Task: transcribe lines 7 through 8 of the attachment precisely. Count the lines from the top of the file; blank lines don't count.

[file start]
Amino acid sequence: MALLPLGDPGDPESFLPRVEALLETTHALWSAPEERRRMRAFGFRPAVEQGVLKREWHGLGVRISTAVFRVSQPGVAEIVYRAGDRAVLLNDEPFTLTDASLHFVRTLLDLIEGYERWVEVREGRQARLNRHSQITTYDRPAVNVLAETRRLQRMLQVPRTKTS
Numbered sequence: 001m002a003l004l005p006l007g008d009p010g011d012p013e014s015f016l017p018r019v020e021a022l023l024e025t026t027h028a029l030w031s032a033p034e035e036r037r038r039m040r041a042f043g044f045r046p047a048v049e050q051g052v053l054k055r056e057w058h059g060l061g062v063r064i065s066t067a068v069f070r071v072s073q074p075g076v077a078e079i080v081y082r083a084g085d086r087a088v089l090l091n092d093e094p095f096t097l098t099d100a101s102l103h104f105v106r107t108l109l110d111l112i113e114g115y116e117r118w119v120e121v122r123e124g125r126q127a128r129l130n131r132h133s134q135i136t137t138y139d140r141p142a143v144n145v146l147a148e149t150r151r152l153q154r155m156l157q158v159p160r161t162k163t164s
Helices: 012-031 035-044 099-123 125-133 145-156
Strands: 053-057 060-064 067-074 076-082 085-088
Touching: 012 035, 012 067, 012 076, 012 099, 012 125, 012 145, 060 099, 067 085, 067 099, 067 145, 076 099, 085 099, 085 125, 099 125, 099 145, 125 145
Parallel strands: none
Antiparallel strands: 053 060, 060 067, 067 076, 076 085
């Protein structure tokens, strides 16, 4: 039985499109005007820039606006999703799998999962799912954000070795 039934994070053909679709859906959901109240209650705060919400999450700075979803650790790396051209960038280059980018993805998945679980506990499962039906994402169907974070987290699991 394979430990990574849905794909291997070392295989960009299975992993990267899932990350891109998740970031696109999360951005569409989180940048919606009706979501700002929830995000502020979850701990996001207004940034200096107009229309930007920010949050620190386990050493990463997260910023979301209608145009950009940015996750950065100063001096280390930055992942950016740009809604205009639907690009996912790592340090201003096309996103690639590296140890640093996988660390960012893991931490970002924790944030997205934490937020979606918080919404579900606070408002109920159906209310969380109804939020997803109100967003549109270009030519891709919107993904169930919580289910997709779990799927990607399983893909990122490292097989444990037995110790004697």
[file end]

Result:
Antiparallel strands: 053 060, 060 067, 067 076, 076 085
């Protein structure tokens, strides 16, 4: 039985499109005007820039606006999703799998999962799912954000070795 039934994070053909679709859906959901109240209650705060919400999450700075979803650790790396051209960038280059980018993805998945679980506990499962039906994402169907974070987290699991 394979430990990574849905794909291997070392295989960009299975992993990267899932990350891109998740970031696109999360951005569409989180940048919606009706979501700002929830995000502020979850701990996001207004940034200096107009229309930007920010949050620190386990050493990463997260910023979301209608145009950009940015996750950065100063001096280390930055992942950016740009809604205009639907690009996912790592340090201003096309996103690639590296140890640093996988660390960012893991931490970002924790944030997205934490937020979606918080919404579900606070408002109920159906209310969380109804939020997803109100967003549109270009030519891709919107993904169930919580289910997709779990799927990607399983893909990122490292097989444990037995110790004697």